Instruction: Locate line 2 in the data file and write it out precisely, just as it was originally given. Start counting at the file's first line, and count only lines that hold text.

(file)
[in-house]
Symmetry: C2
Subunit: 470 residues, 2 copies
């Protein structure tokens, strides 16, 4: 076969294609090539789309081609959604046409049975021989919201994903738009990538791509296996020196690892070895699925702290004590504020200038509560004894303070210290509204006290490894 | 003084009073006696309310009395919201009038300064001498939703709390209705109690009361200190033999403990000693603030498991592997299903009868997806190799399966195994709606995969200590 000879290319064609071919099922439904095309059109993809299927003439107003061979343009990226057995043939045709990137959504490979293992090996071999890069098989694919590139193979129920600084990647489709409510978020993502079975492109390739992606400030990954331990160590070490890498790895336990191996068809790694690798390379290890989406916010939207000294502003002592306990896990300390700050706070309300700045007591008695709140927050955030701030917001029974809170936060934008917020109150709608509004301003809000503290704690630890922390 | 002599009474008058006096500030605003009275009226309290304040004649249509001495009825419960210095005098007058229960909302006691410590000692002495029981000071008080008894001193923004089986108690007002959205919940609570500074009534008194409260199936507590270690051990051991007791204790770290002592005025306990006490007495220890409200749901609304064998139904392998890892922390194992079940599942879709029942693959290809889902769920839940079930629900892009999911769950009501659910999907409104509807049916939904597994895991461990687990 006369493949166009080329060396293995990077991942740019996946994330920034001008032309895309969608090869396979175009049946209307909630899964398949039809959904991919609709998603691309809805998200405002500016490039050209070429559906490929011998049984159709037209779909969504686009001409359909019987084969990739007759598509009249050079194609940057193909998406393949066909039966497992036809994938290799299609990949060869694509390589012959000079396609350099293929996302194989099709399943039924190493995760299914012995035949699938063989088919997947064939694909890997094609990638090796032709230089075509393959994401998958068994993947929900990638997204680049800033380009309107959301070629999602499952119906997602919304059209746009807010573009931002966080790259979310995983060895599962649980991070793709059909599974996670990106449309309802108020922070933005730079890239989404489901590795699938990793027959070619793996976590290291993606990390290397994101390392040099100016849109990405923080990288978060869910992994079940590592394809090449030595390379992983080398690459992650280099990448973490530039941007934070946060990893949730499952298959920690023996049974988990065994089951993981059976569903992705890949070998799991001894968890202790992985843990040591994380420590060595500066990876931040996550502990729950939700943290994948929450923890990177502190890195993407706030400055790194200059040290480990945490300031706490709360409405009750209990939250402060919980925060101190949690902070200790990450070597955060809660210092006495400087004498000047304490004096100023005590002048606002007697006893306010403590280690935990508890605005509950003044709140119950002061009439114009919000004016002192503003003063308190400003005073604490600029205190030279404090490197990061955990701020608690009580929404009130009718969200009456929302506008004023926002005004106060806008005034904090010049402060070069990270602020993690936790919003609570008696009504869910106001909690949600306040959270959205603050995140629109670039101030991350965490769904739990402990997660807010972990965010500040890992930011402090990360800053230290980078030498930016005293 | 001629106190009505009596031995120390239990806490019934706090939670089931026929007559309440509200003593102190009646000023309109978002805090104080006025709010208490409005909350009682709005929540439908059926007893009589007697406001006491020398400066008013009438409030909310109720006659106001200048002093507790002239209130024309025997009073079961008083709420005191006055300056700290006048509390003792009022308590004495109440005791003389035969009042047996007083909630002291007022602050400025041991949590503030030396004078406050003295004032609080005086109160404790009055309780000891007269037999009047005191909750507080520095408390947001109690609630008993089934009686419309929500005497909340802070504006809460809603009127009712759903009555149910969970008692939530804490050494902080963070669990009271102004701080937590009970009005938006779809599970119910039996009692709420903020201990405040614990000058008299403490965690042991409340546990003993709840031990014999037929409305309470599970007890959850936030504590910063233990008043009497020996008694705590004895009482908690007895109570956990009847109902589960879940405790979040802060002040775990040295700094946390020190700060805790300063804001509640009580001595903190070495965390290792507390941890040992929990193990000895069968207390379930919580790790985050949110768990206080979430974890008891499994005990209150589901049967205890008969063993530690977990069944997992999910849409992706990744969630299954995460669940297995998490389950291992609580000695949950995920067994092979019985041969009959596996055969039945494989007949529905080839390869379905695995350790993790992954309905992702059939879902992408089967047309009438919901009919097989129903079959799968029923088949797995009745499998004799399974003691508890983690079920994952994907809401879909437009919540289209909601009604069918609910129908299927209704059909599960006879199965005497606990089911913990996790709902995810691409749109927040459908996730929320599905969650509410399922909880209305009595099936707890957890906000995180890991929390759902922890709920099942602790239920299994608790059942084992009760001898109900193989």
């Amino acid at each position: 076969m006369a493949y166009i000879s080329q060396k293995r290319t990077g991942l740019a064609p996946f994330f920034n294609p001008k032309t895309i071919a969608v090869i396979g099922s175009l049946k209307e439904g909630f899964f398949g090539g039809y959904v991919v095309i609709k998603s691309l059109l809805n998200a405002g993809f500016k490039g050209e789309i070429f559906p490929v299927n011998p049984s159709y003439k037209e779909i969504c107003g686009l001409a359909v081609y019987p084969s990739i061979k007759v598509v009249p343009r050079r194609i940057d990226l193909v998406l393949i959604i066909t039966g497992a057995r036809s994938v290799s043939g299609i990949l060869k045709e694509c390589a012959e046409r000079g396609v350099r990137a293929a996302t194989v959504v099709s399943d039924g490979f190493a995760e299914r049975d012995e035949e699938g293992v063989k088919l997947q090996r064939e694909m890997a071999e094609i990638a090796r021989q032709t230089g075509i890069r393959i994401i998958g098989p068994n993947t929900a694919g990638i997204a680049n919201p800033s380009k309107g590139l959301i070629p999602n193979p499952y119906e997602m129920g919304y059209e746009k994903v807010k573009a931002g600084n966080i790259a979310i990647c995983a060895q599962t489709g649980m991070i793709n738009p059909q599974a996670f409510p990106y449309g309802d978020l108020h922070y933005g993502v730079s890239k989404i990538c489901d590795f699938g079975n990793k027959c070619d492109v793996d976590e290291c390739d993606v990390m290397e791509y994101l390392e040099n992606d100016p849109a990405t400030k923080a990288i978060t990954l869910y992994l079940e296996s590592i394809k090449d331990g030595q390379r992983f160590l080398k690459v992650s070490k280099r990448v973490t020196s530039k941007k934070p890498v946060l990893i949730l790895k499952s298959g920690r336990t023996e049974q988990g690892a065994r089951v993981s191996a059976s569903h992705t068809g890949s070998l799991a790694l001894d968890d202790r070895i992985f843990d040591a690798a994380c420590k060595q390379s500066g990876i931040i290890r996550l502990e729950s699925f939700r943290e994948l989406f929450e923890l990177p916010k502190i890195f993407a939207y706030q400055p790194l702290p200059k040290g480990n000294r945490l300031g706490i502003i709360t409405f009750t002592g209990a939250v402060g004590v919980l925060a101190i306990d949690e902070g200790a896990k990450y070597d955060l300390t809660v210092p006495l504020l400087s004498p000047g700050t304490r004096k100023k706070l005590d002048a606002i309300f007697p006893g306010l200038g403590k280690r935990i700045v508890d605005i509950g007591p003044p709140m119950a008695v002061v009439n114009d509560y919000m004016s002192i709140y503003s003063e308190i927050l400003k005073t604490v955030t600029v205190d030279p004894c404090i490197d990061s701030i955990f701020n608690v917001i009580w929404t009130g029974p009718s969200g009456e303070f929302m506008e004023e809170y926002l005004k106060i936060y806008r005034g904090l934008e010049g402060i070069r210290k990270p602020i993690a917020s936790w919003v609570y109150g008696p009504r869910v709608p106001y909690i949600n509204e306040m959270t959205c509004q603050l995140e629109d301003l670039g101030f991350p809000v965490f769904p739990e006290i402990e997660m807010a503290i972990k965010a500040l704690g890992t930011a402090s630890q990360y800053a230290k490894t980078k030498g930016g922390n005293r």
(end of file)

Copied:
Symmetry: C2